Whether you’re new to running or a seasoned running fanatic, you’ll know that one of the key aspects to running success is endurance. Endurance gives you the ability to run for longer periods and greater distances. But what more can you do than different styles of running? Enter the weighted vest. This piece of kit, initially favoured by the army, is a fantastic way to add intensity to your running sessions. Here, is an overview of weighted vests, a guide on how to choose the right vest for you and advice on how to plan your running sessions wearing one. Ready, set, go!
The lowdown on weighted vests
So what actually is a weighted vest? Well, they pretty much are what they say on the tin. A vest that can be bought in different weight grades or that is adjustable. They are either a classic ‘military’ vest style covering the front and back of your torso or are worn like a rucksack with the weight sitting on your back.
Regardless of the type of vest you go for, these vests add an additional element of resistance, challenging the body to work harder when walking, moving through bodyweight exercises or running. And, this extra resistance means you can engage in less intense or shorter training periods and still get the same effects.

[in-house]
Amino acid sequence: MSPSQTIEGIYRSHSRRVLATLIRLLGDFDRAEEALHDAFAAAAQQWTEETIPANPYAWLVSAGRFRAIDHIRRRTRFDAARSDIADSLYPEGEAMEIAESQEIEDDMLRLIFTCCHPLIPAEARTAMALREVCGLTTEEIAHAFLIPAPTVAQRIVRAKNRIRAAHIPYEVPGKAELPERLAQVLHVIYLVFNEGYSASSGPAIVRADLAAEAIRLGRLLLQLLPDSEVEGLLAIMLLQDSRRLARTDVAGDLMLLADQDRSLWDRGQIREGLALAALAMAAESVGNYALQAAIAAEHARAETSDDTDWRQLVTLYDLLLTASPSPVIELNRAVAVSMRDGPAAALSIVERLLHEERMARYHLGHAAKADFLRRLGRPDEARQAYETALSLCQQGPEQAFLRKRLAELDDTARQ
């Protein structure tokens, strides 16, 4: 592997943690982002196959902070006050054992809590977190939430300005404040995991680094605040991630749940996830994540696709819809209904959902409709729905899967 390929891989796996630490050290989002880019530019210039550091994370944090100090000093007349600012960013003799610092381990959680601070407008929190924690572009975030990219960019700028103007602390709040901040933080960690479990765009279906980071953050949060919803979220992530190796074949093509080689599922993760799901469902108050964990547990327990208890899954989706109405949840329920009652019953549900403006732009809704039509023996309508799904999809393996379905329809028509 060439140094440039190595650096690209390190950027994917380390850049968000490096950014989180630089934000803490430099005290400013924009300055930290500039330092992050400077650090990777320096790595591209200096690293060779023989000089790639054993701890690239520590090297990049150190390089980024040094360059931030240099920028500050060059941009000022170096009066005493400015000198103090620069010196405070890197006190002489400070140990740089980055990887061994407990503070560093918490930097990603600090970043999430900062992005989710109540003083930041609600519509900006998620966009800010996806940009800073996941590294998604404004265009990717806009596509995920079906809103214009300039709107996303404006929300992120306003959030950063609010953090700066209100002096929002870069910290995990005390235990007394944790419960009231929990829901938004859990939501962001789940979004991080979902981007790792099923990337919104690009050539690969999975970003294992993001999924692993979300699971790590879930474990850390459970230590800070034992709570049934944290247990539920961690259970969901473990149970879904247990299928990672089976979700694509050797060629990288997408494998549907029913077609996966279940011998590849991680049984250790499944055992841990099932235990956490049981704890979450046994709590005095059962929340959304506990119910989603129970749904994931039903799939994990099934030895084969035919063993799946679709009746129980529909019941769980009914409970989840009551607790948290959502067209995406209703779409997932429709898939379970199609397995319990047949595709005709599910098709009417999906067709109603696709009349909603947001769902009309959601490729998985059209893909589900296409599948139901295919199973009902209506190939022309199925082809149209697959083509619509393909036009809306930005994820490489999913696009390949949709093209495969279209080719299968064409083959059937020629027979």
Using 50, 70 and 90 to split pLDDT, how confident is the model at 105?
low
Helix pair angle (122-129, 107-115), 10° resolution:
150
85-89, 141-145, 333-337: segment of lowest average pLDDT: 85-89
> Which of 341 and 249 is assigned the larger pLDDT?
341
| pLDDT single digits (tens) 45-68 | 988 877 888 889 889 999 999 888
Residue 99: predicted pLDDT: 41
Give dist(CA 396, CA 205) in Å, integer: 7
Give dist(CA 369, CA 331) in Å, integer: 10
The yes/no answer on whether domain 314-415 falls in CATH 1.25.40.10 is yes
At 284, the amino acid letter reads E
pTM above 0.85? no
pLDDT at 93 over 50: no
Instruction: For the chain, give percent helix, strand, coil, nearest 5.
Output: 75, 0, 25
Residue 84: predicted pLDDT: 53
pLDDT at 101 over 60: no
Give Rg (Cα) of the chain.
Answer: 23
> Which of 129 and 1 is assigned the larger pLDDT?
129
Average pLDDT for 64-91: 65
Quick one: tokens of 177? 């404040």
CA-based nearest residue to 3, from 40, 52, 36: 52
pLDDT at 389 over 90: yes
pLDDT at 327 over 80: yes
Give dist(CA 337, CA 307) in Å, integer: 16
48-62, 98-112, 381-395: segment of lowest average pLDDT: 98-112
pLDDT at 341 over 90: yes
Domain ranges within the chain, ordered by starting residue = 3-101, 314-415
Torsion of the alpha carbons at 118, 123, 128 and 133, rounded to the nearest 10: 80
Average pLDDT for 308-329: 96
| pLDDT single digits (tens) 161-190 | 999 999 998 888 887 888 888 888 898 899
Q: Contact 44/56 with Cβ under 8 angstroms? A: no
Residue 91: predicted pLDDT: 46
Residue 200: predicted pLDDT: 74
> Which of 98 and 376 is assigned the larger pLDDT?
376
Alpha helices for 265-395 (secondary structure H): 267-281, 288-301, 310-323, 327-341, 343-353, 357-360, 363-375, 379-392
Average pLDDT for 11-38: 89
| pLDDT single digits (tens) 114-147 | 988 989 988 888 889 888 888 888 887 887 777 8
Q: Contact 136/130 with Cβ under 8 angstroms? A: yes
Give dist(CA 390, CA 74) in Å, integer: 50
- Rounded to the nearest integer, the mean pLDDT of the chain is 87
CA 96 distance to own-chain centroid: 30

Sitting on the shoulders and upper body, a weighted vest is particularly taxing on your respiratory system - a key player in endurance. The additional weight on the upper body is definitely something you need to get used to. It may initially affect your breathing patterns or can even elicit a panic response from the body. However, this aspect has an upside; much more control of your breathing, pacing and awareness of your cardiovascular system.
How can weighted vests improve your running technique?
As we said above, a weighted vest is a perfect companion to a runner. Adding a weighted vest while you’re on a run or doing sprint training adds resistance and builds up cardiovascular tolerance. As a result, when you take the vest off that tough session seems all the easier. The vest essentially works as a conditioner - putting your body through a higher level of intensity which allows you to push further without it. The same technique is often used in weightlifting too; using a higher weight for fewer reps priming your body to hit higher rep ranges with a lighter weight afterwards.
But do you wear it for every run or just occasionally? Ultimately the frequency at which you wear your vest really rests on your running goals and the areas you’re trying to improve. Below are some ways a weighted vest can influence your running technique and how to structure a workout to attune to your goals.
As we focused on at the beginning, endurance is a key player in running - especially long distances. The core factors that affect your endurance are VO2 max, lactate threshold and efficiency. In layman's terms:
- VO2 max is the maximum amount of oxygen your body can use in a workout. The higher your VO2 max, the better your body is at absorbing, using and converting oxygen into ‘molecular fuel’.
- The lactate threshold is the point at which the amount of lactate in your blood accumulates fast. Essentially, it measures how much your body can control that burning feeling in your muscles before the fatigue.